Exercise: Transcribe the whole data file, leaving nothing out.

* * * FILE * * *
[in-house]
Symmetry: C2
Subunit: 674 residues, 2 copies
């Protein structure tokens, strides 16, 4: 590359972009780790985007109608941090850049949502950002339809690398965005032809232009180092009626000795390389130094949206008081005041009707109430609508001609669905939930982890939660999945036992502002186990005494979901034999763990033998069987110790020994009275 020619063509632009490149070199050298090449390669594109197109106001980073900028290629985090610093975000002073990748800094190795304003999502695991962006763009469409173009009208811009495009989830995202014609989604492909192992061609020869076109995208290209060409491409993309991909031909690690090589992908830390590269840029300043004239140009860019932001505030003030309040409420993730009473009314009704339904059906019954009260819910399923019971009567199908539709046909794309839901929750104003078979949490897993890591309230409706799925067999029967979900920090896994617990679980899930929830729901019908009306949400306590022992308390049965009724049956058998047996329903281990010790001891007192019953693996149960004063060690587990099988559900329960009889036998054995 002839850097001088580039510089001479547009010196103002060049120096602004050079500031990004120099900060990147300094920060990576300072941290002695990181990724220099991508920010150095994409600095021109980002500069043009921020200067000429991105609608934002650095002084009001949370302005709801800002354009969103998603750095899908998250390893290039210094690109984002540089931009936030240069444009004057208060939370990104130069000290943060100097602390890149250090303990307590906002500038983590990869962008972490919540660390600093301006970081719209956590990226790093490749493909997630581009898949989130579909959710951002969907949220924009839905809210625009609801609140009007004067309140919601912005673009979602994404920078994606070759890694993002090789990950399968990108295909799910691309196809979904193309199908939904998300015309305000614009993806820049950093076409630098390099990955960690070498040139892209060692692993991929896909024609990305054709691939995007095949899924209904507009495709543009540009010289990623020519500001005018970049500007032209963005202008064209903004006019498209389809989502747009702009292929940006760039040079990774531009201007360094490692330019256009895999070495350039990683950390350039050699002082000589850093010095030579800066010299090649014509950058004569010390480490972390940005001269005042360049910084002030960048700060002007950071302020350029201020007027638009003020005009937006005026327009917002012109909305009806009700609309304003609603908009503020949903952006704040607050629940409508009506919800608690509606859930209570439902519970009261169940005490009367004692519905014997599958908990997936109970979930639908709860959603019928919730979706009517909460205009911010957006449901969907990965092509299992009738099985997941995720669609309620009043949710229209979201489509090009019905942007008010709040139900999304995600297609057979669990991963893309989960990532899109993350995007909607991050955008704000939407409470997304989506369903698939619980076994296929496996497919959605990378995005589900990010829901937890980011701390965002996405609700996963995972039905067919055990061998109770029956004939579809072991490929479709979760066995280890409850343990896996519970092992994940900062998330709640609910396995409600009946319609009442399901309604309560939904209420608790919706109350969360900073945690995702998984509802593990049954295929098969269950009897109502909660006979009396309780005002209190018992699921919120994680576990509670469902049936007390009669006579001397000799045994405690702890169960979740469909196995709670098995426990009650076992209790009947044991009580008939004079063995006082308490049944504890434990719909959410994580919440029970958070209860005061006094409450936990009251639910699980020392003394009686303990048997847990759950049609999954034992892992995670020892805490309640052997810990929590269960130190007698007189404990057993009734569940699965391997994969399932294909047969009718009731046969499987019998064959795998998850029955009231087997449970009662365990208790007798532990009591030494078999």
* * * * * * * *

[in-house]
Symmetry: C2
Subunit: 674 residues, 2 copies
């Protein structure tokens, strides 16, 4: 590359972009780790985007109608941090850049949502950002339809690398965005032809232009180092009626000795390389130094949206008081005041009707109430609508001609669905939930982890939660999945036992502002186990005494979901034999763990033998069987110790020994009275 020619063509632009490149070199050298090449390669594109197109106001980073900028290629985090610093975000002073990748800094190795304003999502695991962006763009469409173009009208811009495009989830995202014609989604492909192992061609020869076109995208290209060409491409993309991909031909690690090589992908830390590269840029300043004239140009860019932001505030003030309040409420993730009473009314009704339904059906019954009260819910399923019971009567199908539709046909794309839901929750104003078979949490897993890591309230409706799925067999029967979900920090896994617990679980899930929830729901019908009306949400306590022992308390049965009724049956058998047996329903281990010790001891007192019953693996149960004063060690587990099988559900329960009889036998054995 002839850097001088580039510089001479547009010196103002060049120096602004050079500031990004120099900060990147300094920060990576300072941290002695990181990724220099991508920010150095994409600095021109980002500069043009921020200067000429991105609608934002650095002084009001949370302005709801800002354009969103998603750095899908998250390893290039210094690109984002540089931009936030240069444009004057208060939370990104130069000290943060100097602390890149250090303990307590906002500038983590990869962008972490919540660390600093301006970081719209956590990226790093490749493909997630581009898949989130579909959710951002969907949220924009839905809210625009609801609140009007004067309140919601912005673009979602994404920078994606070759890694993002090789990950399968990108295909799910691309196809979904193309199908939904998300015309305000614009993806820049950093076409630098390099990955960690070498040139892209060692692993991929896909024609990305054709691939995007095949899924209904507009495709543009540009010289990623020519500001005018970049500007032209963005202008064209903004006019498209389809989502747009702009292929940006760039040079990774531009201007360094490692330019256009895999070495350039990683950390350039050699002082000589850093010095030579800066010299090649014509950058004569010390480490972390940005001269005042360049910084002030960048700060002007950071302020350029201020007027638009003020005009937006005026327009917002012109909305009806009700609309304003609603908009503020949903952006704040607050629940409508009506919800608690509606859930209570439902519970009261169940005490009367004692519905014997599958908990997936109970979930639908709860959603019928919730979706009517909460205009911010957006449901969907990965092509299992009738099985997941995720669609309620009043949710229209979201489509090009019905942007008010709040139900999304995600297609057979669990991963893309989960990532899109993350995007909607991050955008704000939407409470997304989506369903698939619980076994296929496996497919959605990378995005589900990010829901937890980011701390965002996405609700996963995972039905067919055990061998109770029956004939579809072991490929479709979760066995280890409850343990896996519970092992994940900062998330709640609910396995409600009946319609009442399901309604309560939904209420608790919706109350969360900073945690995702998984509802593990049954295929098969269950009897109502909660006979009396309780005002209190018992699921919120994680576990509670469902049936007390009669006579001397000799045994405690702890169960979740469909196995709670098995426990009650076992209790009947044991009580008939004079063995006082308490049944504890434990719909959410994580919440029970958070209860005061006094409450936990009251639910699980020392003394009686303990048997847990759950049609999954034992892992995670020892805490309640052997810990929590269960130190007698007189404990057993009734569940699965391997994969399932294909047969009718009731046969499987019998064959795998998850029955009231087997449970009662365990208790007798532990009591030494078999």